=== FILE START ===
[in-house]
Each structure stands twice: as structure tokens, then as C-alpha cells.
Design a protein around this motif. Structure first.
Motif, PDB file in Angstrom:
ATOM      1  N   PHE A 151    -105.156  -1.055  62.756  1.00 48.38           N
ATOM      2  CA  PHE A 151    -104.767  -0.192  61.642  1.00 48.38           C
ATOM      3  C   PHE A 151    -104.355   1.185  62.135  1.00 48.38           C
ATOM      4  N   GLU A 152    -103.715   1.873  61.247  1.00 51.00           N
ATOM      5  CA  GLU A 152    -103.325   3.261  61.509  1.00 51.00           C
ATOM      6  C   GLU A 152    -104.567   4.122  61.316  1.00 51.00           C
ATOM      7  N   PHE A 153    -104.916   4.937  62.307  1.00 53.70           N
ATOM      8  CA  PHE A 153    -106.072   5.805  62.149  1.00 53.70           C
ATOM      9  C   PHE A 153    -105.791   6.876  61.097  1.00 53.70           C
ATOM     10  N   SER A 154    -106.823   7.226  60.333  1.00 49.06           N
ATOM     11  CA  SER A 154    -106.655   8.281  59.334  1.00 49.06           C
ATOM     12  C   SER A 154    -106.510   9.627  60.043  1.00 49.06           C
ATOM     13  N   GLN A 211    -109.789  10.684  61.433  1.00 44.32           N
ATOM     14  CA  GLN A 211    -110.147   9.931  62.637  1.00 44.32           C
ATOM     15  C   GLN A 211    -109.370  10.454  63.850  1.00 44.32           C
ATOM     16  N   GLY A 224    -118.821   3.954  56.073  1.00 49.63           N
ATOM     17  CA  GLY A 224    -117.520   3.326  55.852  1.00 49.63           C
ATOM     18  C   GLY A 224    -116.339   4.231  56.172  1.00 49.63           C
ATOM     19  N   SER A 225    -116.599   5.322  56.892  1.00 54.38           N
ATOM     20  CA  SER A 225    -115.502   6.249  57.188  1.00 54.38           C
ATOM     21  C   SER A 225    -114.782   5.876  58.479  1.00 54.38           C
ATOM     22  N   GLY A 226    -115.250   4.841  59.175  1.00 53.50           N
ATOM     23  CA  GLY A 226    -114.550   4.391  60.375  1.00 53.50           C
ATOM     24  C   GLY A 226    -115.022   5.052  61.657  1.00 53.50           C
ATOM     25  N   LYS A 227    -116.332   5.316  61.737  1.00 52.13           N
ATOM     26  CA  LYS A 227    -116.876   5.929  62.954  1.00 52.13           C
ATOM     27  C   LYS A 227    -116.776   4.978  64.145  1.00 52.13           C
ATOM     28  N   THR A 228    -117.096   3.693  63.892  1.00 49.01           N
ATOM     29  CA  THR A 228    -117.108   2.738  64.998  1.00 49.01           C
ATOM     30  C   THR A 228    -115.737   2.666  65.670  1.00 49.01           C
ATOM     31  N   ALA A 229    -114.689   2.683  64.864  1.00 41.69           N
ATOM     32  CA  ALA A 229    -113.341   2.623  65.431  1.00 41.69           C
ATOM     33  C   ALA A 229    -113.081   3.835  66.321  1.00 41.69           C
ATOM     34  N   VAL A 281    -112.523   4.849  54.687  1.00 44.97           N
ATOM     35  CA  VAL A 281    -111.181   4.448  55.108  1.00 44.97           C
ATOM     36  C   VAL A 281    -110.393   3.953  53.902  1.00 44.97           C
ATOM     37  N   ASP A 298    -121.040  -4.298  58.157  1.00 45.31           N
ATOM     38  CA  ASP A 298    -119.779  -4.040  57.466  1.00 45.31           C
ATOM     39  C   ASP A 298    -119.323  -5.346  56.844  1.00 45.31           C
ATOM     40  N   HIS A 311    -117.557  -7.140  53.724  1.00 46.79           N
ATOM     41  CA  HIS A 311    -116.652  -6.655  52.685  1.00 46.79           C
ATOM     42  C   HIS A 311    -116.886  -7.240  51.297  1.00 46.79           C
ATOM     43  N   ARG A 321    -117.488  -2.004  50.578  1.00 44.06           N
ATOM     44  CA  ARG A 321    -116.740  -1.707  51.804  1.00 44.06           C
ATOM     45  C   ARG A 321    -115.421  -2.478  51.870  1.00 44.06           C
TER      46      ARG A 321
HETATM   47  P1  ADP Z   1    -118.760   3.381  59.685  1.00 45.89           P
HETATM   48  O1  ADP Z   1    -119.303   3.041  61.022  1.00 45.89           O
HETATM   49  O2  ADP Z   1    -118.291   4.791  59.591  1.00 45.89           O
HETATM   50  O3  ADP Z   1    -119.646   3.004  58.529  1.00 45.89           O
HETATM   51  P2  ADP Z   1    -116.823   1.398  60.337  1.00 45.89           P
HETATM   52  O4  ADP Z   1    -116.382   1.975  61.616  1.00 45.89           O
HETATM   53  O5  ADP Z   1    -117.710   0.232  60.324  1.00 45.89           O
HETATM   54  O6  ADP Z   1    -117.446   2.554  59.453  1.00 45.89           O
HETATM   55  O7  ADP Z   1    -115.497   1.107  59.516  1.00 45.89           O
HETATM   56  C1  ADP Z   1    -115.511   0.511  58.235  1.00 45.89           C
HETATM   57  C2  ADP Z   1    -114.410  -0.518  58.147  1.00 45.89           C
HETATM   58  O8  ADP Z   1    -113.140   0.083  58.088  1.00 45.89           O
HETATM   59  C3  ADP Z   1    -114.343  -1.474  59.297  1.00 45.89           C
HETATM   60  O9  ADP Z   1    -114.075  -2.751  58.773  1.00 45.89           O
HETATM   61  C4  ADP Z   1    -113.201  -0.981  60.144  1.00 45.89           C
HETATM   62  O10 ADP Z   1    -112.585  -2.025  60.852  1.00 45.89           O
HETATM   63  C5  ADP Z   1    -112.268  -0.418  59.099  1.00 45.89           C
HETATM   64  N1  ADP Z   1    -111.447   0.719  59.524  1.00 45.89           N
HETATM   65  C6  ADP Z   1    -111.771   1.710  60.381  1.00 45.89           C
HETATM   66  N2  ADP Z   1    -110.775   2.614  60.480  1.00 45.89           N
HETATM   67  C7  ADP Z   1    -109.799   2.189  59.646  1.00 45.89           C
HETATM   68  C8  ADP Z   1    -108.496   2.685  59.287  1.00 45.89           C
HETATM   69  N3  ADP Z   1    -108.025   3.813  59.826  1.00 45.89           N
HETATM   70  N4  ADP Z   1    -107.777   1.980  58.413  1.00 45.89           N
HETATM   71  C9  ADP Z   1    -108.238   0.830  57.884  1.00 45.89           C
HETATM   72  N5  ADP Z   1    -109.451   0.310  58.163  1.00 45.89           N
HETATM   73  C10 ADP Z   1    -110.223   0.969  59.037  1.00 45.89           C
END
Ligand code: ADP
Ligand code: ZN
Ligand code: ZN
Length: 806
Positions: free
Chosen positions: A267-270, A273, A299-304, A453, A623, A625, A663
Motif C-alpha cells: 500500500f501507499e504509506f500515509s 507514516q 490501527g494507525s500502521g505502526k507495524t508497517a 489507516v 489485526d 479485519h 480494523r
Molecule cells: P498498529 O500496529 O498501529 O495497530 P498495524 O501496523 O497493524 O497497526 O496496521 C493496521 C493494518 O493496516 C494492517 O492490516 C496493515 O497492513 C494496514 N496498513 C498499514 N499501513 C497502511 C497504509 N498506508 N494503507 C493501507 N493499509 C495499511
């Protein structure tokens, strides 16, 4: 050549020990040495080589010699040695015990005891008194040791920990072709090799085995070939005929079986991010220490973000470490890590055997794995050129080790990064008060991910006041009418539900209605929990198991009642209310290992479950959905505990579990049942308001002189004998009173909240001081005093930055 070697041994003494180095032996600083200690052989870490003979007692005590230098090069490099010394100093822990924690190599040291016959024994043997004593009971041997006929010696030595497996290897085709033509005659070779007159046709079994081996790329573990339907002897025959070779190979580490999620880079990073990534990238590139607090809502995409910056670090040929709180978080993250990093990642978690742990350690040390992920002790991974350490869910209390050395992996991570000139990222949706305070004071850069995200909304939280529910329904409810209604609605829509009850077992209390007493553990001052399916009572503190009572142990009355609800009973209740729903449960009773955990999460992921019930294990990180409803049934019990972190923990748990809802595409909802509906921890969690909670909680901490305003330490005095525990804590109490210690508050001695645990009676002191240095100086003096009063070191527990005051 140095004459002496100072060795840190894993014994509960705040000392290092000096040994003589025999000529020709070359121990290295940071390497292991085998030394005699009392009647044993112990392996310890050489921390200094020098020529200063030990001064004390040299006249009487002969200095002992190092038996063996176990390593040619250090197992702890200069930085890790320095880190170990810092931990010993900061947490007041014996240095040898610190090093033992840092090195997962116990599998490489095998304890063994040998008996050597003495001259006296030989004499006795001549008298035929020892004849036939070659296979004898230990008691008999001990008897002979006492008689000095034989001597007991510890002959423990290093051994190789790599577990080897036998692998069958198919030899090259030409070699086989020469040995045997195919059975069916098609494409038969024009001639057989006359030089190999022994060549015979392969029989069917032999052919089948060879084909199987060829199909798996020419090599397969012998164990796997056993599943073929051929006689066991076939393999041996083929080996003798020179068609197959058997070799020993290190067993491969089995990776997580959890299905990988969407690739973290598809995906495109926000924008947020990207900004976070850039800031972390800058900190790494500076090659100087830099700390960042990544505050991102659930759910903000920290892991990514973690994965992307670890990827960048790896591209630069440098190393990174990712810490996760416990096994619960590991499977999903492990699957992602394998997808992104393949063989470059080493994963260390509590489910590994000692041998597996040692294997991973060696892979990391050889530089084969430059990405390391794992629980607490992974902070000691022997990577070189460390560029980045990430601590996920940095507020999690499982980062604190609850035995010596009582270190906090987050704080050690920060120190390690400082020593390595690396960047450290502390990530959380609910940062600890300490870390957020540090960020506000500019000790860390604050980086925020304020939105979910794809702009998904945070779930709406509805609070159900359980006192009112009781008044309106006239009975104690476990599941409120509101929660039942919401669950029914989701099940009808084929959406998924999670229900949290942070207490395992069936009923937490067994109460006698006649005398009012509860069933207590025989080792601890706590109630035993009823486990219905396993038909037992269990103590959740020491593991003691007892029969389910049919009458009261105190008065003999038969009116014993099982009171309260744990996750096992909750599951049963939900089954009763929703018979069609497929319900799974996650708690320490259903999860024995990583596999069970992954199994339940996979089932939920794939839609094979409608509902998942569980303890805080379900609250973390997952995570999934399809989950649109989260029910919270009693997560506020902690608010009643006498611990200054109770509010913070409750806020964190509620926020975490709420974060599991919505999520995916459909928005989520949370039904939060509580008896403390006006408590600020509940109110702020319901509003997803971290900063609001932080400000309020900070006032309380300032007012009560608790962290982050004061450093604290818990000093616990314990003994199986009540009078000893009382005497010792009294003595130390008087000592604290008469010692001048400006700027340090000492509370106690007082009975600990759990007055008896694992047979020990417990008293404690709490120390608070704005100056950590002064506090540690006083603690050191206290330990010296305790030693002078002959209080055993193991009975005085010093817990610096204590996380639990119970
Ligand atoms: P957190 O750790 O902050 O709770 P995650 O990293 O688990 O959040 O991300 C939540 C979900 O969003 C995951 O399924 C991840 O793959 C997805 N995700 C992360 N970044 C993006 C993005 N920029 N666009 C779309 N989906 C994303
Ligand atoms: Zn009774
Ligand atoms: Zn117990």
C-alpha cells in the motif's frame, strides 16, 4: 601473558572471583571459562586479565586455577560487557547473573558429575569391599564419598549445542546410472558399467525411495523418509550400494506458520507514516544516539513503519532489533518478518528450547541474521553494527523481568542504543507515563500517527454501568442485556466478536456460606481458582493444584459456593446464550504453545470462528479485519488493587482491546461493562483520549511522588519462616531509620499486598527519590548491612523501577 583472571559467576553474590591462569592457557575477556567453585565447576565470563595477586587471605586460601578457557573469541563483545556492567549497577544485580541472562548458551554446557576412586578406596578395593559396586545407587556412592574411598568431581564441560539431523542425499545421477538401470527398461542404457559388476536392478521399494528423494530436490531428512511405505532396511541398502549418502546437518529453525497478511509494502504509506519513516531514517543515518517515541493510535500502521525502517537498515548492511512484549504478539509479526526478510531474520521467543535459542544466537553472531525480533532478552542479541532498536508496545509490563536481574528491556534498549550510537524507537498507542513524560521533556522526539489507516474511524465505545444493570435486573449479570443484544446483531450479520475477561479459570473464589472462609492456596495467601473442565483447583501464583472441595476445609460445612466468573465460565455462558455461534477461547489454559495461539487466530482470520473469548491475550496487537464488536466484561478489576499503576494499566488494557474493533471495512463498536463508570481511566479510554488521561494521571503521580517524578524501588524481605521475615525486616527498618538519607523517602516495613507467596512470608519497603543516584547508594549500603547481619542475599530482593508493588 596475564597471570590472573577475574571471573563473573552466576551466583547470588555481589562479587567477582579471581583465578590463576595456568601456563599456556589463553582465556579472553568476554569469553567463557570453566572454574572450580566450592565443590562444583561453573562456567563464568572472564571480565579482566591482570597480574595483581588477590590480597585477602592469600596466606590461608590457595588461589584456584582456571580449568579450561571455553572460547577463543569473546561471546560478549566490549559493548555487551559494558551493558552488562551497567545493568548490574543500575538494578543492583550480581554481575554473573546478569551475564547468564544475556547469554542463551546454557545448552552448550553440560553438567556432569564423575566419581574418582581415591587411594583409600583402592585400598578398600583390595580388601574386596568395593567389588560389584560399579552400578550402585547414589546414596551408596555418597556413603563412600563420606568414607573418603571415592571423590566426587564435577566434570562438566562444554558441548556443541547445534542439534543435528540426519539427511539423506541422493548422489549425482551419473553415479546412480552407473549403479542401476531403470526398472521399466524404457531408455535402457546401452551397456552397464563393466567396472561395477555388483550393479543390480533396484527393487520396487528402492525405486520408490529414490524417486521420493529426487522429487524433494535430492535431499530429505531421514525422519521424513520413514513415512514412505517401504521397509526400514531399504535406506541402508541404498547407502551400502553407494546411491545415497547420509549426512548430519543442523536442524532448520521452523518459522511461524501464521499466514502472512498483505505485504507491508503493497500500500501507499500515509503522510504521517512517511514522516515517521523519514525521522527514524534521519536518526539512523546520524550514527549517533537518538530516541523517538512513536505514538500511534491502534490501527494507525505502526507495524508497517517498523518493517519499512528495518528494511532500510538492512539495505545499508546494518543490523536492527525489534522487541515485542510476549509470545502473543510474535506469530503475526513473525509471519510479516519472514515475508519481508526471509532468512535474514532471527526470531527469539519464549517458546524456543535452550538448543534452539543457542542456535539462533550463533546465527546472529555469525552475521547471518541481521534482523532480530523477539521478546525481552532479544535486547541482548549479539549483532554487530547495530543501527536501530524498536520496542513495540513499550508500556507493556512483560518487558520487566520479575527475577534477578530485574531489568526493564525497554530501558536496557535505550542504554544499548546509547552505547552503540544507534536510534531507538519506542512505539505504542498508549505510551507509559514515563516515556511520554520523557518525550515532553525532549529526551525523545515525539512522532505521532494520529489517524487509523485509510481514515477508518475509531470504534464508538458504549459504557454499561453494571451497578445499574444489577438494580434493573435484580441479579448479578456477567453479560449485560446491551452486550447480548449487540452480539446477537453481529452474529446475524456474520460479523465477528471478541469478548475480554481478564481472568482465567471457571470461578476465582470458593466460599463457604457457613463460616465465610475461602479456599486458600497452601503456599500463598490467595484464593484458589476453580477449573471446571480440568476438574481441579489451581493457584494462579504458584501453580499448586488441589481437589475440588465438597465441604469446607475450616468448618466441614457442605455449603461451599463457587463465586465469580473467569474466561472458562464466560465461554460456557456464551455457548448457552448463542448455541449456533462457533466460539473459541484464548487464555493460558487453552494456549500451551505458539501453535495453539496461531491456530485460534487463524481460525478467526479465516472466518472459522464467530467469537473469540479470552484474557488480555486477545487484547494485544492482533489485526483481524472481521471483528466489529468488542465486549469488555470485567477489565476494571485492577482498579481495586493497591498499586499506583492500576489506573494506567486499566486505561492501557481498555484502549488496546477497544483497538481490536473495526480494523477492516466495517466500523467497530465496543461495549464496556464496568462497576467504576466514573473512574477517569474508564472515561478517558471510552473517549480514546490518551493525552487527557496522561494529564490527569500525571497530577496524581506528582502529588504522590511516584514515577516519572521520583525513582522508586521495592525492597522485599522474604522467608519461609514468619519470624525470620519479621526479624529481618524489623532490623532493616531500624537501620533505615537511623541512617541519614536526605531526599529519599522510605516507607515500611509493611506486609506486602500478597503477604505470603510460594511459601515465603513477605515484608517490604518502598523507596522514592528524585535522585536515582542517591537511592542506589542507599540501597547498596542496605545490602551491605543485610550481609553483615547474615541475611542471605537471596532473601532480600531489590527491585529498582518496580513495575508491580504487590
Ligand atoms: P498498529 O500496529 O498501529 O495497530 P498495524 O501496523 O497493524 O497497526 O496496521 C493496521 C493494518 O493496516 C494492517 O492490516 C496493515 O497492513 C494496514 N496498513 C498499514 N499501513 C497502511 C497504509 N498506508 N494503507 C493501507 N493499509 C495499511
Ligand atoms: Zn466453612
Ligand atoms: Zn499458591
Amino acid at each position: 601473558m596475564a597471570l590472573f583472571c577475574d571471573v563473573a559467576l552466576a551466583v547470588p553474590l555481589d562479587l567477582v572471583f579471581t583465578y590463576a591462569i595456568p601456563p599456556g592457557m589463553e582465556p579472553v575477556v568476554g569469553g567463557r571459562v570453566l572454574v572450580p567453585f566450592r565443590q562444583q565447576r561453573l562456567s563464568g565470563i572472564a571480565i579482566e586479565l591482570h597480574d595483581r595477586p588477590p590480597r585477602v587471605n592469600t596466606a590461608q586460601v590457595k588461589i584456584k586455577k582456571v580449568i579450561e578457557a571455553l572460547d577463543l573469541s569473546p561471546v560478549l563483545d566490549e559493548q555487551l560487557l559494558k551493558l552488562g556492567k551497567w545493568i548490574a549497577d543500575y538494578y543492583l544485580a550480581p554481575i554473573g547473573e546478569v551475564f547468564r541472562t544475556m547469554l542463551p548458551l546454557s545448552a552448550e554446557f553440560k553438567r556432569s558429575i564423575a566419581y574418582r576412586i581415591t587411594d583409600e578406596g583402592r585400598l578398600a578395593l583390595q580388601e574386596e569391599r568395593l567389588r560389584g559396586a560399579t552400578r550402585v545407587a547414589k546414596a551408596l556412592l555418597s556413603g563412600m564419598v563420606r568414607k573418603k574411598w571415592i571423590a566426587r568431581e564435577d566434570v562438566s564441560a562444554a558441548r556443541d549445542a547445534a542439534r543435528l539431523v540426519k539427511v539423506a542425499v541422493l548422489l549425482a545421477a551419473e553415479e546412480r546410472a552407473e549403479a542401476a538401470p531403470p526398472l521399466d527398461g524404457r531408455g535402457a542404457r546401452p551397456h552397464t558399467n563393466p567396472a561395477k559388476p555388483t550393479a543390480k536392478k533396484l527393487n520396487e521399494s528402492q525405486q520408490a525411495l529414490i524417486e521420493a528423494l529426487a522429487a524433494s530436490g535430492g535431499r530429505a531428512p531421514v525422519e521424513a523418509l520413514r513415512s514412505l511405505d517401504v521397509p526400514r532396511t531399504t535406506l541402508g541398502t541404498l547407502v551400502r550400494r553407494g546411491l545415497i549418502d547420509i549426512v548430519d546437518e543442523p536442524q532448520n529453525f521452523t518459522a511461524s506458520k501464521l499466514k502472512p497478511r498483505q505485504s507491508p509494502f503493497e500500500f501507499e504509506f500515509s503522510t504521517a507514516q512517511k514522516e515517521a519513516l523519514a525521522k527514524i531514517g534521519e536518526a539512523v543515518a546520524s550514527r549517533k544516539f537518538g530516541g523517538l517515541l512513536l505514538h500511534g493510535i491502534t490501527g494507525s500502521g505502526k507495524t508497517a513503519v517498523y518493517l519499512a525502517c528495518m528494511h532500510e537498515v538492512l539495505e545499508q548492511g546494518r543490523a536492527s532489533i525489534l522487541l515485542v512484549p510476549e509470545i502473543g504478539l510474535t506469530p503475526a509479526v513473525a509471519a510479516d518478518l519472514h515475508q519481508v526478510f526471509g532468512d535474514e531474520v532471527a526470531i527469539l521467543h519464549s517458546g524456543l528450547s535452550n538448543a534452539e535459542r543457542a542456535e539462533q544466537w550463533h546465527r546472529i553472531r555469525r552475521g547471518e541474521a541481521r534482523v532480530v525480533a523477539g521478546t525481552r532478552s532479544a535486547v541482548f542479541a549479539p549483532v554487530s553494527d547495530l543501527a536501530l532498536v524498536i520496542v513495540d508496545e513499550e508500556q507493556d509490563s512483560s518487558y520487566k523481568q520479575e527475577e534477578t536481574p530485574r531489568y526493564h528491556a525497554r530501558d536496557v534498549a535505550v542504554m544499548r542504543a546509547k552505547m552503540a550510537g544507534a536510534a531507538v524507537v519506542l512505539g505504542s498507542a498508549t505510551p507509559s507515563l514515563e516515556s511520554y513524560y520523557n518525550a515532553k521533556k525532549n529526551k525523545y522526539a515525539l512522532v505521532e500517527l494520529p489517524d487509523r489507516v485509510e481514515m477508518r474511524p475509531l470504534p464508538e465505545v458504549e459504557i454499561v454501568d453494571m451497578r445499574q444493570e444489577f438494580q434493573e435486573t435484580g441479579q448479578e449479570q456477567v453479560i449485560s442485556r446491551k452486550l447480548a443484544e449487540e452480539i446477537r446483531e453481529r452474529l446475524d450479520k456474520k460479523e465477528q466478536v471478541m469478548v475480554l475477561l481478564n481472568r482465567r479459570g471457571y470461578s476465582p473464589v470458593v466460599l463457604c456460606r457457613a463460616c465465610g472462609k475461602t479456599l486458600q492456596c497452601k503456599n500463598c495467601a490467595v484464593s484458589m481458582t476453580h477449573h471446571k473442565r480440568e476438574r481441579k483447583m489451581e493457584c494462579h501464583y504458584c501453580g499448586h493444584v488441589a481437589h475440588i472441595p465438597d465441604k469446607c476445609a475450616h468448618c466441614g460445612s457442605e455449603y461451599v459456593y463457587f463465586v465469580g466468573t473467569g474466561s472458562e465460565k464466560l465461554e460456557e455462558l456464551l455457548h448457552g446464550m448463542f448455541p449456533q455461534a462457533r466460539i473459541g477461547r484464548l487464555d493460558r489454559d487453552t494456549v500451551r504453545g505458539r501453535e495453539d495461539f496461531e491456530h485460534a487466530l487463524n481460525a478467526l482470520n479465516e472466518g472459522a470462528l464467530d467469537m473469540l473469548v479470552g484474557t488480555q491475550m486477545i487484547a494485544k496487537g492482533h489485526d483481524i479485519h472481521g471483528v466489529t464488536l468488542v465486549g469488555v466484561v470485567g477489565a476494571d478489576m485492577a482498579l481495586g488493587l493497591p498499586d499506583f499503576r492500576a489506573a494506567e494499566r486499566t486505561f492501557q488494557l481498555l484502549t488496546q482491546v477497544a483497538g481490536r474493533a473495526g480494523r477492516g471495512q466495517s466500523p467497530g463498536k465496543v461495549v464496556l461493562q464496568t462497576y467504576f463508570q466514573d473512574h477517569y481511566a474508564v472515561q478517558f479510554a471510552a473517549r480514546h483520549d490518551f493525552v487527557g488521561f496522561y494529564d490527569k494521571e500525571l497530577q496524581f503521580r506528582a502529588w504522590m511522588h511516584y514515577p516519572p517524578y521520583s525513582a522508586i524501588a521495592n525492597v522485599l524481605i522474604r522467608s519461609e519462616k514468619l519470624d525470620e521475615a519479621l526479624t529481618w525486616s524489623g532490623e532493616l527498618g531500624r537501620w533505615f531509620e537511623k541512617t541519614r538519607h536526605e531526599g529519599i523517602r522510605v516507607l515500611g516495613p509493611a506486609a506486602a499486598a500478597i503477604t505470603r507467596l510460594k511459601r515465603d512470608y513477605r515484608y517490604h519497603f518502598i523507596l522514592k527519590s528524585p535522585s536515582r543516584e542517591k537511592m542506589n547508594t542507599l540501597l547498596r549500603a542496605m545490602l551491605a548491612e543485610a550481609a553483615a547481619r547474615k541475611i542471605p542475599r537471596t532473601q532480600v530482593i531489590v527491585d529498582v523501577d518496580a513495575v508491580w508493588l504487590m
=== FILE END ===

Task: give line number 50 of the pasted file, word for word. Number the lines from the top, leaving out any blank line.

TER      46      ARG A 321